I hate the Victorian era because it's so overdone. You know what else is overdone? You know what else I'm sick of? London. Before any of you get into a flap - particularly any of you who know me - let me preface that by saying that London is the shiz. London absolutely rocks. Have you been to London? Oh my god, go. London is such a cool ass city, but that doesn't mean I want every single piece of British media to be set there. I mean, my god, stop trying to make Victorian London happen. It's not going to happen.

This book tore me two ways. Victorian era? Stop it, I beg of you. Edinburgh?

Nyeh. Just let me have a quick look.

I think my absolute favourite thing about this book is that it's devoid of stereotypes. People say aye and they eat shortbread, but...people say aye and eat shortbread in Scotland. That shit gets done. But this book does not fall back on woad and barbarism. This book says that high society existed and still exists in Scotland, because look at Rose Leslie, who lived in a fucking castle when she was a kid. Like, what the actual? I lived in a townhouse and then a caravan.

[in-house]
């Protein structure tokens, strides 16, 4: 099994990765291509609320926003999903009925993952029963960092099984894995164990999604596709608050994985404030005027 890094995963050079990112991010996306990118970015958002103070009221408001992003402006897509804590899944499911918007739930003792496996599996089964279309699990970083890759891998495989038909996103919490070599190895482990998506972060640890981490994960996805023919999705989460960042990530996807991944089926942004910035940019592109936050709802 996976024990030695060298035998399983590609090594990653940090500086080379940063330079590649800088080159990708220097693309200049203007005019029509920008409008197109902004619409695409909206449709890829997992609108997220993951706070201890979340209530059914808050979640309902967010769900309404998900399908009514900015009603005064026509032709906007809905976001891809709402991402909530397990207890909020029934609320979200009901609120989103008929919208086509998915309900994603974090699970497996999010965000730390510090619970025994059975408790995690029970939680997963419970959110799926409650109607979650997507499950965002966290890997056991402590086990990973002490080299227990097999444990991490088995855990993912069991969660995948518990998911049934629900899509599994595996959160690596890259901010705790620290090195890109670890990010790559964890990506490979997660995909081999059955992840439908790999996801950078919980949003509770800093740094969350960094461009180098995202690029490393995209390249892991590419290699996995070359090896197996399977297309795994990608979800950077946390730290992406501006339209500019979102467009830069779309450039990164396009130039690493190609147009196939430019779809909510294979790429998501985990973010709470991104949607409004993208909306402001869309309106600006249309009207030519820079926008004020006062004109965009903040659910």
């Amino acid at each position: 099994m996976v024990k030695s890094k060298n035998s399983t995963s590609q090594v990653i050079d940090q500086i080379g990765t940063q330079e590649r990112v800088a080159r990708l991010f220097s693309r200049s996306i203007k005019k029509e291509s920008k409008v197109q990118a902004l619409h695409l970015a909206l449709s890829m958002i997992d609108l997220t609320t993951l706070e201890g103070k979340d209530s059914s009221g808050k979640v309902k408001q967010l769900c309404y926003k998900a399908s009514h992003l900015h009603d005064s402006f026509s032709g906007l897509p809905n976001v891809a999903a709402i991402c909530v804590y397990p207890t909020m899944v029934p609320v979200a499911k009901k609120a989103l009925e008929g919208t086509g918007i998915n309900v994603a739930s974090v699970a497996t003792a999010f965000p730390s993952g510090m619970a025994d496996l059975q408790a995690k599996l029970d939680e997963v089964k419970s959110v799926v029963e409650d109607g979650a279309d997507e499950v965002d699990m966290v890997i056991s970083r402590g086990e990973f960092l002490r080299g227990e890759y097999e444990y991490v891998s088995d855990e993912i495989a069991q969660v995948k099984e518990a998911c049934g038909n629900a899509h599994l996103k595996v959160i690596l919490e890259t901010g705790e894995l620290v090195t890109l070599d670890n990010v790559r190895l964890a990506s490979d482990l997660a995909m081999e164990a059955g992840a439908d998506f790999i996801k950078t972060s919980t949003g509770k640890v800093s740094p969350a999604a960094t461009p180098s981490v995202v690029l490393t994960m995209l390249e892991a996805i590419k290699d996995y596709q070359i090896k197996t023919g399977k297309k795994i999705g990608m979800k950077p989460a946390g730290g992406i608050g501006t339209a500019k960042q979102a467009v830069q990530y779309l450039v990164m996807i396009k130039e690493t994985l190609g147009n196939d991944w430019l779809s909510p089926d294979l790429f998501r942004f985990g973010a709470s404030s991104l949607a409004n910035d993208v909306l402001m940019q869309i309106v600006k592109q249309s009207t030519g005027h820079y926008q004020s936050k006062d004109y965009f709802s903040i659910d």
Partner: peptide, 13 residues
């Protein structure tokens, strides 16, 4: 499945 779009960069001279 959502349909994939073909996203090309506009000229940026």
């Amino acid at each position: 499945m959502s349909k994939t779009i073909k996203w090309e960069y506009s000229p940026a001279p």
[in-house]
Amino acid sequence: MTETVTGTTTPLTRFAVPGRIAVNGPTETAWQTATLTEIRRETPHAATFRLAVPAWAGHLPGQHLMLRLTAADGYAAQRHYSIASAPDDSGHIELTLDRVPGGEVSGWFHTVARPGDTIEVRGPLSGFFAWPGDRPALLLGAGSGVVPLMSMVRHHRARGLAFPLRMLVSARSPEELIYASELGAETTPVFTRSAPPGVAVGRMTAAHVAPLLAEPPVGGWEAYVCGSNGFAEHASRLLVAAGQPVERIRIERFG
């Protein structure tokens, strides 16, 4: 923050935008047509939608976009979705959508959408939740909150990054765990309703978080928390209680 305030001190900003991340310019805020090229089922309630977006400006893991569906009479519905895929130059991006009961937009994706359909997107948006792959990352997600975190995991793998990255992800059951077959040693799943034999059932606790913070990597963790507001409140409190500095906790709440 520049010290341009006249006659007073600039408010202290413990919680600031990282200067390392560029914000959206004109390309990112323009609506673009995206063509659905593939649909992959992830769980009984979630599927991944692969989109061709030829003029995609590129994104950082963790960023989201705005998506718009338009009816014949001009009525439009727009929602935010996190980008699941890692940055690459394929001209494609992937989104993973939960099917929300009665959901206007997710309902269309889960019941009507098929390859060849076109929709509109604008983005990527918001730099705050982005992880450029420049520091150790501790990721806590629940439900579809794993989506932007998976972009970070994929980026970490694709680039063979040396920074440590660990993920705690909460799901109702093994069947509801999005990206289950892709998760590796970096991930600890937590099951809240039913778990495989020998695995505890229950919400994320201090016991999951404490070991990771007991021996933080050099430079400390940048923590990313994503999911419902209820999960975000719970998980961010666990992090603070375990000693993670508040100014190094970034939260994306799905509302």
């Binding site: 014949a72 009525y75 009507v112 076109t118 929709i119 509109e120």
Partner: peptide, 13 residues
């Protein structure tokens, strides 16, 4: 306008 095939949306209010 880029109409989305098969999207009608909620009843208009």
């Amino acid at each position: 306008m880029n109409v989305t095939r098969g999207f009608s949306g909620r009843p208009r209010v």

Look, whatever. And never mind that I secretly love books and movies about people being filthy and wearing armpit daggers in the Middle Ages (I'm sorry, but I love the wars of independence. They were such a perfect example of how money and fancy costumes can't buy nationalism). I liked Elizabeth May's Victorian era. I actually felt something in the face of the age old "I have to marry for duty, not love" tirade despite it usually treating my patience like mortar to pestle. "I have to marry for duty not love" is - wait for it - overdone as hell, but because Aileana has so much agency and passion for her cause, that is, killing evil faeries, it really strikes a chord. All of this bravery and skill that Aileana has built up, and all the time she has spent hardening herself, will be thrown to the wind. It'll all be for nothing. She'll go from battle-axe to subjugated Victorian wife. Isn't that sad? I think that's really fucking sad, and true of women, now and in antiquity, who've built lives for themselves only to have them pried from their hands for the sake of marriage. Look at Jill Duggar. That girl was training to be a midwife, and spent hours upon hours studying and taking house calls and even going abroad to help women who needed her, only to toss it all away because Duggar wives don't go to college or have careers. They literally aren't allowed to. I mean, jesus christ, the girl was pregnant seven minutes after she left the altar. Calm the fuck down.